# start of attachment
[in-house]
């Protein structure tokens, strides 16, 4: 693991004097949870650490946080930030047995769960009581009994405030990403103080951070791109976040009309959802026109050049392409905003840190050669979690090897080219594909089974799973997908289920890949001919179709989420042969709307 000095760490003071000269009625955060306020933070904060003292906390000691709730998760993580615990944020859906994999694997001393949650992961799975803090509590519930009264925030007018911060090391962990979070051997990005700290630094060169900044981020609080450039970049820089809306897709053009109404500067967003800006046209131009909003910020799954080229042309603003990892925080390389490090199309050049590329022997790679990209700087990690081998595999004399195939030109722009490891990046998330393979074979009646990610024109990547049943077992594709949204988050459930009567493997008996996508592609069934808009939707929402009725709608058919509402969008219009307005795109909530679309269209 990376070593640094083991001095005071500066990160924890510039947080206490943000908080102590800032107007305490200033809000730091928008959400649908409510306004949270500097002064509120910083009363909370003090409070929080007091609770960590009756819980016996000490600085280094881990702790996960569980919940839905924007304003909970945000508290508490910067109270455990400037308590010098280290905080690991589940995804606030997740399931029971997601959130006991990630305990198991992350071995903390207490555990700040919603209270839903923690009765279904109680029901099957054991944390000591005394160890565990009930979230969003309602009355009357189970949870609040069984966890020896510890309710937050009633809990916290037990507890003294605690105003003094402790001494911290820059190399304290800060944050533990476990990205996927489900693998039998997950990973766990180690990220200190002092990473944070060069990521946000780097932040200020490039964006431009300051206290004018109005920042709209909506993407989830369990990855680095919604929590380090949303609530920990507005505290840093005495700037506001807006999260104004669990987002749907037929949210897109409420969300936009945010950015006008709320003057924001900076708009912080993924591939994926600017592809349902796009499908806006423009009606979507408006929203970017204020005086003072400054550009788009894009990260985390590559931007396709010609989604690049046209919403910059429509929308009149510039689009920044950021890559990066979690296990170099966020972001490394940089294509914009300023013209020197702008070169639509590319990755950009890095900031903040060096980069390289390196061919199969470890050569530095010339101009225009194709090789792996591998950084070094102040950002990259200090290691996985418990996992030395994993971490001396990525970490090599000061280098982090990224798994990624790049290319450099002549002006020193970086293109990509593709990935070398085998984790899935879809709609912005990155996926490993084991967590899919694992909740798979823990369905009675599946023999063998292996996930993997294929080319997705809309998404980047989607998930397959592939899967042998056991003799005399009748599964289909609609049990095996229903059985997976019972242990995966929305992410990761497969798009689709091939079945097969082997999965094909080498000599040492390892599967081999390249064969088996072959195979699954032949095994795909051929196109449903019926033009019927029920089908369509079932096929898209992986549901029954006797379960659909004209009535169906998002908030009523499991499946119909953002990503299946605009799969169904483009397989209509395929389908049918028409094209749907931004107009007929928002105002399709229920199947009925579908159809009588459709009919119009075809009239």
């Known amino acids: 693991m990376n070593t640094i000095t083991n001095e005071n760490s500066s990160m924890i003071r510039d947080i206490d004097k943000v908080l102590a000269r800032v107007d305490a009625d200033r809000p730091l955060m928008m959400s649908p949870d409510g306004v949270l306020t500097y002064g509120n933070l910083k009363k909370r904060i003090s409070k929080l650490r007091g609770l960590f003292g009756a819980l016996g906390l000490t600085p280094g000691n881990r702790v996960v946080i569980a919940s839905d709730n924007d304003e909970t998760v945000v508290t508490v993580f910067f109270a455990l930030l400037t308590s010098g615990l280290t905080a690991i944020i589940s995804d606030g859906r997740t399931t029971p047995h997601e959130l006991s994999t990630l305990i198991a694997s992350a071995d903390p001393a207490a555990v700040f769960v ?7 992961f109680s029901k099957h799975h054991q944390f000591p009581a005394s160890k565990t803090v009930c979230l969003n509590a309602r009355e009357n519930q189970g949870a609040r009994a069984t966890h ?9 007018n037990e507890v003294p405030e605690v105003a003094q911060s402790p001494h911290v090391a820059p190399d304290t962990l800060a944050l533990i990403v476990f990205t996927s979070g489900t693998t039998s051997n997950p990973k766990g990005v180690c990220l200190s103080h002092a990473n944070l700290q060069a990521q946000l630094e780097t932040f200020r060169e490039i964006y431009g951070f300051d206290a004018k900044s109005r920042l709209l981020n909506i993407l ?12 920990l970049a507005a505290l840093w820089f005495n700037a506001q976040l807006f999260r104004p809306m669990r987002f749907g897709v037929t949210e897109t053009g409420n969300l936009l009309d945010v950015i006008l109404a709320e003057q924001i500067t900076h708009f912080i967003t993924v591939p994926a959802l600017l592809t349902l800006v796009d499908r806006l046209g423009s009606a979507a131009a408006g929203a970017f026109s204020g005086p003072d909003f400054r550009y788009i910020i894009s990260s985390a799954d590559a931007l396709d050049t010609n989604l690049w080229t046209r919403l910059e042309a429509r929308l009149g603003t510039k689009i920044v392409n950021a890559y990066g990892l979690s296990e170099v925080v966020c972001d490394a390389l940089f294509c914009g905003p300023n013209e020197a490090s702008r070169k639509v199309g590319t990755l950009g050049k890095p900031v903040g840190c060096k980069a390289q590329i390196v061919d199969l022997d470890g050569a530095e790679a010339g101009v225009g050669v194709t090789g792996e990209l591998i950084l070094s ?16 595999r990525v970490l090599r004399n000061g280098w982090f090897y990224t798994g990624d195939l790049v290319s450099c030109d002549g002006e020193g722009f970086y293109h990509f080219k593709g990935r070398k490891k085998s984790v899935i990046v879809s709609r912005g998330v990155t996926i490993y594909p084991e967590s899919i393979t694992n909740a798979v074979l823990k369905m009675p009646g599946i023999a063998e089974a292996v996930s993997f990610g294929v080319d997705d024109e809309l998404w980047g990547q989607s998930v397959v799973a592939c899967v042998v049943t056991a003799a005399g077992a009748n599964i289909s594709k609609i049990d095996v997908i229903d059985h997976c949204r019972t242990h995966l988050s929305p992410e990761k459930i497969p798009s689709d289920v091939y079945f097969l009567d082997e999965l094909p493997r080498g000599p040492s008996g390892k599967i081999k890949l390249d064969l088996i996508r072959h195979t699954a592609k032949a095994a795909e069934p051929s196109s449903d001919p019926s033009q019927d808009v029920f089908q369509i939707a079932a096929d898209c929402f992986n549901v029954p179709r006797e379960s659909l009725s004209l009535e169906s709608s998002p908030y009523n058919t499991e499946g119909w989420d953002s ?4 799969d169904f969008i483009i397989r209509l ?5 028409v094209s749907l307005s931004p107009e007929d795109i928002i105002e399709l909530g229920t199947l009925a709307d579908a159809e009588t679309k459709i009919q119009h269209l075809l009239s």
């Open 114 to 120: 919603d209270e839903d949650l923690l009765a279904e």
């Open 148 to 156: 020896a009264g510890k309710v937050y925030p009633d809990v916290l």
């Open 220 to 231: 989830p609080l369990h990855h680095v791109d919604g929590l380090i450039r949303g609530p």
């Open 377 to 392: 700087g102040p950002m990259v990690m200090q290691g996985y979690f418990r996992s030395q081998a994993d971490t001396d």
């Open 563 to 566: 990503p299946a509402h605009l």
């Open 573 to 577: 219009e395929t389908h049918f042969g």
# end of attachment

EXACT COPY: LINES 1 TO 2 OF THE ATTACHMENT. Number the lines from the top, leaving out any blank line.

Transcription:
[in-house]
């Protein structure tokens, strides 16, 4: 693991004097949870650490946080930030047995769960009581009994405030990403103080951070791109976040009309959802026109050049392409905003840190050669979690090897080219594909089974799973997908289920890949001919179709989420042969709307 000095760490003071000269009625955060306020933070904060003292906390000691709730998760993580615990944020859906994999694997001393949650992961799975803090509590519930009264925030007018911060090391962990979070051997990005700290630094060169900044981020609080450039970049820089809306897709053009109404500067967003800006046209131009909003910020799954080229042309603003990892925080390389490090199309050049590329022997790679990209700087990690081998595999004399195939030109722009490891990046998330393979074979009646990610024109990547049943077992594709949204988050459930009567493997008996996508592609069934808009939707929402009725709608058919509402969008219009307005795109909530679309269209 990376070593640094083991001095005071500066990160924890510039947080206490943000908080102590800032107007305490200033809000730091928008959400649908409510306004949270500097002064509120910083009363909370003090409070929080007091609770960590009756819980016996000490600085280094881990702790996960569980919940839905924007304003909970945000508290508490910067109270455990400037308590010098280290905080690991589940995804606030997740399931029971997601959130006991990630305990198991992350071995903390207490555990700040919603209270839903923690009765279904109680029901099957054991944390000591005394160890565990009930979230969003309602009355009357189970949870609040069984966890020896510890309710937050009633809990916290037990507890003294605690105003003094402790001494911290820059190399304290800060944050533990476990990205996927489900693998039998997950990973766990180690990220200190002092990473944070060069990521946000780097932040200020490039964006431009300051206290004018109005920042709209909506993407989830369990990855680095919604929590380090949303609530920990507005505290840093005495700037506001807006999260104004669990987002749907037929949210897109409420969300936009945010950015006008709320003057924001900076708009912080993924591939994926600017592809349902796009499908806006423009009606979507408006929203970017204020005086003072400054550009788009894009990260985390590559931007396709010609989604690049046209919403910059429509929308009149510039689009920044950021890559990066979690296990170099966020972001490394940089294509914009300023013209020197702008070169639509590319990755950009890095900031903040060096980069390289390196061919199969470890050569530095010339101009225009194709090789792996591998950084070094102040950002990259200090290691996985418990996992030395994993971490001396990525970490090599000061280098982090990224798994990624790049290319450099002549002006020193970086293109990509593709990935070398085998984790899935879809709609912005990155996926490993084991967590899919694992909740798979823990369905009675599946023999063998292996996930993997294929080319997705809309998404980047989607998930397959592939899967042998056991003799005399009748599964289909609609049990095996229903059985997976019972242990995966929305992410990761497969798009689709091939079945097969082997999965094909080498000599040492390892599967081999390249064969088996072959195979699954032949095994795909051929196109449903019926033009019927029920089908369509079932096929898209992986549901029954006797379960659909004209009535169906998002908030009523499991499946119909953002990503299946605009799969169904483009397989209509395929389908049918028409094209749907931004107009007929928002105002399709229920199947009925579908159809009588459709009919119009075809009239």